by Bernie Debusmann
At first glance, the Indian city of Mumbai – or Bombay, as my wife constantly reminds me – is an odd place for an archaeological site. It is, after all, very crowded – more than 18 million people crammed into just over 600 square kilometres of space.
It’s also a city that’s looking towards its future – glittering skyscrapers seem to be coming up all the time and the city’s Bollywood and business elite and nouveau riche seem to have a laser-like focus on today’s good times and tomorrow’s fortunes.
But, like Mexico City, Bombay is full of hidden gems. Case in point: the city’s Mahakali Caves.
Located in the city’s extremely busy eastern suburb of Andheri, the set of 19 caves – built between the 1st century BCE and 6th century CE – are in an unlikely place. Around the site is a busy residential and commercial neighbourhood, with workers and small store owners busily plying their trade just metres away.
The caves themselves, although not easily accessible, are a remarkable find. Not all are immediately visible but there are actually 19 rock-cut monuments at the site, most of which were designed for use by Buddhist monks. There are also depictions of Buddha and various mythological figures, but they’ve mostly been defaced.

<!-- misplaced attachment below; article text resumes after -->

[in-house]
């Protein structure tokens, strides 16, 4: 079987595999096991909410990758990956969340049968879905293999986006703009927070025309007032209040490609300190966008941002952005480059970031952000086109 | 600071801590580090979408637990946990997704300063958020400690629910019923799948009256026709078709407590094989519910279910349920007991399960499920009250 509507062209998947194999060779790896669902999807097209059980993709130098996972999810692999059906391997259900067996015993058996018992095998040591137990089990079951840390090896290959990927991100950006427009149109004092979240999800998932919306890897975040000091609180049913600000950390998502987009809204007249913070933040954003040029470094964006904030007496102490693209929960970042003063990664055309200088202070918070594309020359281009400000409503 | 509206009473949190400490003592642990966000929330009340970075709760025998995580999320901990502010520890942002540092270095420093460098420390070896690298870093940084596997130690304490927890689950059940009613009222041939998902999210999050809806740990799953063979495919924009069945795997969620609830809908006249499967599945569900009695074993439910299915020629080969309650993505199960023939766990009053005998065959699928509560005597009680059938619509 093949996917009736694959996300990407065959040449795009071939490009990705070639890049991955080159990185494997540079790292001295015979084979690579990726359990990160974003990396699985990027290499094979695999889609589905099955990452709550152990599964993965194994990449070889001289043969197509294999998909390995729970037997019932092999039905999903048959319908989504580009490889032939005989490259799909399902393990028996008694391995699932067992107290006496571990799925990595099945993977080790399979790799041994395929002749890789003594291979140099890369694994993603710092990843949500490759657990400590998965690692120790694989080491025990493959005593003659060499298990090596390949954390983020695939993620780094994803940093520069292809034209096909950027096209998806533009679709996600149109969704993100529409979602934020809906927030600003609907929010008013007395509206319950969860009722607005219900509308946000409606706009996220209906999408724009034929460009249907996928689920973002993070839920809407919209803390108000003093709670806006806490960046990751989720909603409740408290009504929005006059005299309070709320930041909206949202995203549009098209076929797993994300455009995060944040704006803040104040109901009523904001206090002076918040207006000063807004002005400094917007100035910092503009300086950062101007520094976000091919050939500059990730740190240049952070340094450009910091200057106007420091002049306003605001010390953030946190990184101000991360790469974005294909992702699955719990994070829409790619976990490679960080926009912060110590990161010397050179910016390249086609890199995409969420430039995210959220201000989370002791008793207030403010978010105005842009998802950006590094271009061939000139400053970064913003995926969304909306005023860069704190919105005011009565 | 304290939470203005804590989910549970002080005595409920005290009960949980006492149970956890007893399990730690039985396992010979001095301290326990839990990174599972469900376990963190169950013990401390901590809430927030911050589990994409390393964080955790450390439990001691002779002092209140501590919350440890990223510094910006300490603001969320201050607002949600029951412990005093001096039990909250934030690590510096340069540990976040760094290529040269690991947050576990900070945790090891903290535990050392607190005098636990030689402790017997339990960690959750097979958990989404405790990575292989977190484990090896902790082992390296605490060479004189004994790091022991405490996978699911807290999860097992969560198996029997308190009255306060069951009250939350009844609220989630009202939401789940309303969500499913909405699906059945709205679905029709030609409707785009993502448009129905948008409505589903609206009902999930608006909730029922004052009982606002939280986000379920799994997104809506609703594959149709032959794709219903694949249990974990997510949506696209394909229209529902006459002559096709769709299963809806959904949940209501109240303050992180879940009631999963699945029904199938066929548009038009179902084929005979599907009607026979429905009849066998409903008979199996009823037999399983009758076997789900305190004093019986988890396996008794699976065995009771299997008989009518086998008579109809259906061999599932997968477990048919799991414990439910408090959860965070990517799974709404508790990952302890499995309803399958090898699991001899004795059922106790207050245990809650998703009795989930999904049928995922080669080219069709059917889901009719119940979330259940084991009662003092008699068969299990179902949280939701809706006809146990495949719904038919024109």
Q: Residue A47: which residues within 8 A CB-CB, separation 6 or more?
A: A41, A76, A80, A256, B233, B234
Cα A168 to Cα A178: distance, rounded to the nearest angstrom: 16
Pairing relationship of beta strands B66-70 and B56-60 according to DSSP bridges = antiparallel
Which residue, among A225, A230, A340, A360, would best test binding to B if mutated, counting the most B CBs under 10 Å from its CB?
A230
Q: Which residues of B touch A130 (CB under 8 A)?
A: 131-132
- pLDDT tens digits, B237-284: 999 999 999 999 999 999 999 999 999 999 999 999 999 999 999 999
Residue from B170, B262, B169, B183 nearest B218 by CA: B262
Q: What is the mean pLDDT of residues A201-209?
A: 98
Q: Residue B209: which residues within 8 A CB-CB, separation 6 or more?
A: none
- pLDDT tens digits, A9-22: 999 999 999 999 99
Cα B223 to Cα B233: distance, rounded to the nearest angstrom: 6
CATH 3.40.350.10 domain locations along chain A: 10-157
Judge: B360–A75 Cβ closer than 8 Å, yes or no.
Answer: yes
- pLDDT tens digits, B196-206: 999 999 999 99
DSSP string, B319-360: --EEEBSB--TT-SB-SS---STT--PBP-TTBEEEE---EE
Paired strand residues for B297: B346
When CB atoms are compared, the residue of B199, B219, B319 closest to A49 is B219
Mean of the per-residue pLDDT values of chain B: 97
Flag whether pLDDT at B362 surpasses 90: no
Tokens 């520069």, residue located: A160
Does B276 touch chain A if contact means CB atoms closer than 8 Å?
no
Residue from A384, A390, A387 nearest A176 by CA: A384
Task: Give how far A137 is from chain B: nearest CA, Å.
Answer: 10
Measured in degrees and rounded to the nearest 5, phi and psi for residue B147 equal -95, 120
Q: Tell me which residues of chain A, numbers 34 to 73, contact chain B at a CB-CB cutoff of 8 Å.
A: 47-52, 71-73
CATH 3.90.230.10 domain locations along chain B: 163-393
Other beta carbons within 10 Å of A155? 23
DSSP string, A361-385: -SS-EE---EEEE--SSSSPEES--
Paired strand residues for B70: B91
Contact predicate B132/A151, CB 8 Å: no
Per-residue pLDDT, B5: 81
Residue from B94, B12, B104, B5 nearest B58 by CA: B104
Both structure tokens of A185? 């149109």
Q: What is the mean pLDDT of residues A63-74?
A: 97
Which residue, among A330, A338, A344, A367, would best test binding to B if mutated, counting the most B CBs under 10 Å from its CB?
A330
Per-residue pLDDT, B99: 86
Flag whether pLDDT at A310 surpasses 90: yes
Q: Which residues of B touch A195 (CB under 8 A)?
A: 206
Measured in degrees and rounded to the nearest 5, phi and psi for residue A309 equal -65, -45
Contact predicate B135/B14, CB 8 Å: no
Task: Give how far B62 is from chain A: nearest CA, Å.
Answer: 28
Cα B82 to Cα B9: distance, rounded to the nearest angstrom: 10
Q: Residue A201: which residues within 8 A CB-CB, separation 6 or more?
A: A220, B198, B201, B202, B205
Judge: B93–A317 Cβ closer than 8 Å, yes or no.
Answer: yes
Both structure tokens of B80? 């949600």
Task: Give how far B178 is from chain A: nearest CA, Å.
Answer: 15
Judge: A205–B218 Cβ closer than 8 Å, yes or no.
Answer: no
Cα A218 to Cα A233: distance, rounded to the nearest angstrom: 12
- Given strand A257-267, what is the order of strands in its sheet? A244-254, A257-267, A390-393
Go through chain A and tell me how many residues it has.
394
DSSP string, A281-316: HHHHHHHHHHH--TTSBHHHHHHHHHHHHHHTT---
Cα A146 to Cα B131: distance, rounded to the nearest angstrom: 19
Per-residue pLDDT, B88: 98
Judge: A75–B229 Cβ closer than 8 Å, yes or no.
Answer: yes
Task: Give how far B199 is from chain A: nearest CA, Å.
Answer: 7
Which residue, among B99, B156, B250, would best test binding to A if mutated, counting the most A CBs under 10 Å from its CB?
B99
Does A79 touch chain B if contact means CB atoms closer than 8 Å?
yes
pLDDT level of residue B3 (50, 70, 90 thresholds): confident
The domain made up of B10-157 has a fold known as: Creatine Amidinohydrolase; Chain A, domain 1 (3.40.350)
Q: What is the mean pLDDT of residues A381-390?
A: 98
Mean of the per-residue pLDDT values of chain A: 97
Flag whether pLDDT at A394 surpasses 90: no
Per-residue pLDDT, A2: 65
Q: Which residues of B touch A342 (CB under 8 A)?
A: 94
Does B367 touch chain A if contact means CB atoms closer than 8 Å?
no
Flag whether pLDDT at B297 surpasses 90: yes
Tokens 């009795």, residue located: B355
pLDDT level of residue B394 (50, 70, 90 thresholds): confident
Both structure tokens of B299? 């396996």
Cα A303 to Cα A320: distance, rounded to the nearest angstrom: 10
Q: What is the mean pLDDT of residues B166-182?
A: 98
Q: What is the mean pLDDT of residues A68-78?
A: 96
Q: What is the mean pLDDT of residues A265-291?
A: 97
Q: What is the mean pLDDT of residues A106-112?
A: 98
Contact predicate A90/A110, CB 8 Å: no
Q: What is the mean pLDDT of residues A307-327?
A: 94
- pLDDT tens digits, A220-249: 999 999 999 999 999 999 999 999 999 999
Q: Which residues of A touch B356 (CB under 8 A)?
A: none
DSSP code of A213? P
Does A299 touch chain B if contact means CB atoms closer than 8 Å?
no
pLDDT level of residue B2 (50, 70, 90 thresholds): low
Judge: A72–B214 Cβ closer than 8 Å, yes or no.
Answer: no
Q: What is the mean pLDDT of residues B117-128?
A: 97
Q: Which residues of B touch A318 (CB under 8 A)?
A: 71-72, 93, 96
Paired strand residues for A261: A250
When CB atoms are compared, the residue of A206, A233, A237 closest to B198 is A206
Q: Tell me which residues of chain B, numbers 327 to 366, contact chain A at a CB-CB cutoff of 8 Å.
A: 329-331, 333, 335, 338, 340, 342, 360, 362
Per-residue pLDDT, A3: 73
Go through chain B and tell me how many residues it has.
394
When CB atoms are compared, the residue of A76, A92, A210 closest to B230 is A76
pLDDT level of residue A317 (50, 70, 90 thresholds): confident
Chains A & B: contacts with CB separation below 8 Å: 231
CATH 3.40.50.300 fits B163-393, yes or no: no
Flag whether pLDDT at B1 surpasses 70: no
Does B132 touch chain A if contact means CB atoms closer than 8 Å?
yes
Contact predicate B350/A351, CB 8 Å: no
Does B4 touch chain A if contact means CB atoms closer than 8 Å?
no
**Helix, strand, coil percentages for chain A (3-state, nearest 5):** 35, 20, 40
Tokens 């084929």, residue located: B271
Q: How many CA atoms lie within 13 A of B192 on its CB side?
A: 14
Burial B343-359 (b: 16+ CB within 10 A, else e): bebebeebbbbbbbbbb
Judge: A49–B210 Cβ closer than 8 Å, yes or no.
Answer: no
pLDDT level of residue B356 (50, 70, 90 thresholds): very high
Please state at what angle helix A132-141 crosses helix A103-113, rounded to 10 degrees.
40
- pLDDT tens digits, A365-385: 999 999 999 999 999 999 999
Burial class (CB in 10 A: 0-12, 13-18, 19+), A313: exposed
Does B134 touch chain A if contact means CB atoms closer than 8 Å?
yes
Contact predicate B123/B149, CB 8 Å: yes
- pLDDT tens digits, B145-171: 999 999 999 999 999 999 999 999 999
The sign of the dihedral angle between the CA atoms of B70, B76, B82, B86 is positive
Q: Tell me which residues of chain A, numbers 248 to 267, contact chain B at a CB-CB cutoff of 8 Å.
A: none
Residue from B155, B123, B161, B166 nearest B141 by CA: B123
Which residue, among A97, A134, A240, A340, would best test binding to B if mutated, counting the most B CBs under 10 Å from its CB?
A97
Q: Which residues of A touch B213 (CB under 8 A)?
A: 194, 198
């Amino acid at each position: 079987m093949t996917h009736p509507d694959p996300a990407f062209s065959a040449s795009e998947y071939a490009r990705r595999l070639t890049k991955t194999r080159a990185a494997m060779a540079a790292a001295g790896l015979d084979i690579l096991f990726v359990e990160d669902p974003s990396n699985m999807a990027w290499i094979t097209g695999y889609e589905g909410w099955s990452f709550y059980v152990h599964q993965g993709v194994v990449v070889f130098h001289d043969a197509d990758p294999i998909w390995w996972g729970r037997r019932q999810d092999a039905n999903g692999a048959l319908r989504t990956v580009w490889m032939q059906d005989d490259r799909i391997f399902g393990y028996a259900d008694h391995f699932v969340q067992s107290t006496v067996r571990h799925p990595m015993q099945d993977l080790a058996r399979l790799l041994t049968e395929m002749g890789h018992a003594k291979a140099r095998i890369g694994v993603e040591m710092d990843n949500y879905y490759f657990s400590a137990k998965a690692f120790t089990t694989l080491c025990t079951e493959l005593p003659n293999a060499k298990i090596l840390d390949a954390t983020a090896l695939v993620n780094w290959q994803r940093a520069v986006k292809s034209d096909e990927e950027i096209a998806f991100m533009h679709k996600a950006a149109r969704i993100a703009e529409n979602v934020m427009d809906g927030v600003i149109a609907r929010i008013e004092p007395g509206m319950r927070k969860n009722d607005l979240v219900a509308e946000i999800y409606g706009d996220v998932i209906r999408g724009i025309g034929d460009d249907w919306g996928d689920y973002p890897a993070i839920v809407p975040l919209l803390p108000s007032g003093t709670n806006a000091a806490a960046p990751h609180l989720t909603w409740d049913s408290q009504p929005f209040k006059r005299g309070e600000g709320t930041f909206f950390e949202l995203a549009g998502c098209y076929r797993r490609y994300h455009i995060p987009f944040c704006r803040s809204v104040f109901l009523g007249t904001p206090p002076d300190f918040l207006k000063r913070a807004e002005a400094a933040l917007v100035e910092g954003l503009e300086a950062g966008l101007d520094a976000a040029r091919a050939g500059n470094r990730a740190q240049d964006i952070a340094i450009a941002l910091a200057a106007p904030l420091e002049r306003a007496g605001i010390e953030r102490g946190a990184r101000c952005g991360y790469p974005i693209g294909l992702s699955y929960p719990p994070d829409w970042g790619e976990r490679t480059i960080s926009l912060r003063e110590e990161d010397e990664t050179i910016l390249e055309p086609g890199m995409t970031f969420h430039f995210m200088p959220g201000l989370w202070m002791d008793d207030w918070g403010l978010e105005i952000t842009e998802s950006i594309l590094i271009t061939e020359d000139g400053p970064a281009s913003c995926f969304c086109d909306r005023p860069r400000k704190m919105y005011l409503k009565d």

Sadly, like many countries, India hasn’t taken particularly good care of this treasure. For years, the site suffered from neglect and urban encroachment. The first time I saw them, in 2015, for example, there were people drying clothes at the entrance to the caves, which were covered in trash.
Luckily, activists have managed – against the odds – to save the site, which is now at least fenced and walled off to keep unwelcome intruders out.
Still, the very off-the-beaten path site is a far cry from its more famous recognised cousin, the Elephanta Caves dedicated to the Hindu god Shiva on an island about 10 km off the coast. The UNESCO World Heritage Site near Bombay is now impeccably maintained by Indian archaeological authorities and visited by hundreds of thousands of people each year.
Here’s to hoping that one day, the rest of India’s treasures get the same treatment.